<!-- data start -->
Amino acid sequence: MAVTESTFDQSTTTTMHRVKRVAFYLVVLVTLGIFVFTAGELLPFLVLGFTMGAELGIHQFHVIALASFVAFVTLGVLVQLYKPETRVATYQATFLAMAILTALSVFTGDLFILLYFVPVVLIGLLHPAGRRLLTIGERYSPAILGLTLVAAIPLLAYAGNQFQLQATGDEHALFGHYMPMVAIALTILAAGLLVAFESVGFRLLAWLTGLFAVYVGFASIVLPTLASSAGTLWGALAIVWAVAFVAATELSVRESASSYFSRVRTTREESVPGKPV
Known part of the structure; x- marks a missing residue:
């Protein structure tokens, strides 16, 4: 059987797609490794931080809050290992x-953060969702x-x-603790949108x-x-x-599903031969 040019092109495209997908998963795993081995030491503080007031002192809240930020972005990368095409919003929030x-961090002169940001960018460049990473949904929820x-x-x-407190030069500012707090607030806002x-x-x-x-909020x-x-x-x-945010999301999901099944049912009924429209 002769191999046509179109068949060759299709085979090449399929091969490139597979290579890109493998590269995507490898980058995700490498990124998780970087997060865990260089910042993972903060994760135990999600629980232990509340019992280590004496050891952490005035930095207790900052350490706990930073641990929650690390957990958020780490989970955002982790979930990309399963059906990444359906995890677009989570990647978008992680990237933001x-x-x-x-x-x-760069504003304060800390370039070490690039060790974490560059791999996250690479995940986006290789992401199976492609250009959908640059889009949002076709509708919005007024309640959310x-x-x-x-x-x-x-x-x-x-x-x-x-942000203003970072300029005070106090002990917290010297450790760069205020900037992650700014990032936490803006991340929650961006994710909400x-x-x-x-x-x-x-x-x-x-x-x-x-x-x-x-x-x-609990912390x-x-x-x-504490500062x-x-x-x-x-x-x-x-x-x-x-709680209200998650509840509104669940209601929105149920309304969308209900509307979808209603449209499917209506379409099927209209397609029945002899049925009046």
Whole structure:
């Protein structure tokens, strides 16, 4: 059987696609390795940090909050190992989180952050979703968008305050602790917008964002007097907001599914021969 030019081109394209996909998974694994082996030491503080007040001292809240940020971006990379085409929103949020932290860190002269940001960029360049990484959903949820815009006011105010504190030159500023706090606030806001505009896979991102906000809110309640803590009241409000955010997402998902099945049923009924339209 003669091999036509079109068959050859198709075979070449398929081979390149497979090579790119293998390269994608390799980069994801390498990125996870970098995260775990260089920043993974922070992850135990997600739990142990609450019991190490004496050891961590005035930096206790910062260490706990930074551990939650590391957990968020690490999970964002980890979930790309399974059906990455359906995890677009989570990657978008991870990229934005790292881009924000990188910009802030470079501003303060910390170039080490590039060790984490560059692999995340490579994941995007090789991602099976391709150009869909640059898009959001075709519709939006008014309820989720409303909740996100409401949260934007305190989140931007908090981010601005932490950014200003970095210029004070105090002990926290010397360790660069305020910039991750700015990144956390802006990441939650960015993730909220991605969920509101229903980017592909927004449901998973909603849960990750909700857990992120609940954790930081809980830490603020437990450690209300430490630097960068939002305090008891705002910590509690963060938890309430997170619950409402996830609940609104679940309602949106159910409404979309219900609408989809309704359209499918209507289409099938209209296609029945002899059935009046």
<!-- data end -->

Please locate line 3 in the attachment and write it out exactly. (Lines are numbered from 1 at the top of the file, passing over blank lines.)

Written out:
């Protein structure tokens, strides 16, 4: 059987797609490794931080809050290992x-953060969702x-x-603790949108x-x-x-599903031969 040019092109495209997908998963795993081995030491503080007031002192809240930020972005990368095409919003929030x-961090002169940001960018460049990473949904929820x-x-x-407190030069500012707090607030806002x-x-x-x-909020x-x-x-x-945010999301999901099944049912009924429209 002769191999046509179109068949060759299709085979090449399929091969490139597979290579890109493998590269995507490898980058995700490498990124998780970087997060865990260089910042993972903060994760135990999600629980232990509340019992280590004496050891952490005035930095207790900052350490706990930073641990929650690390957990958020780490989970955002982790979930990309399963059906990444359906995890677009989570990647978008992680990237933001x-x-x-x-x-x-760069504003304060800390370039070490690039060790974490560059791999996250690479995940986006290789992401199976492609250009959908640059889009949002076709509708919005007024309640959310x-x-x-x-x-x-x-x-x-x-x-x-x-942000203003970072300029005070106090002990917290010297450790760069205020900037992650700014990032936490803006991340929650961006994710909400x-x-x-x-x-x-x-x-x-x-x-x-x-x-x-x-x-x-609990912390x-x-x-x-504490500062x-x-x-x-x-x-x-x-x-x-x-709680209200998650509840509104669940209601929105149920309304969308209900509307979808209603449209499917209506379409099927209209397609029945002899049925009046």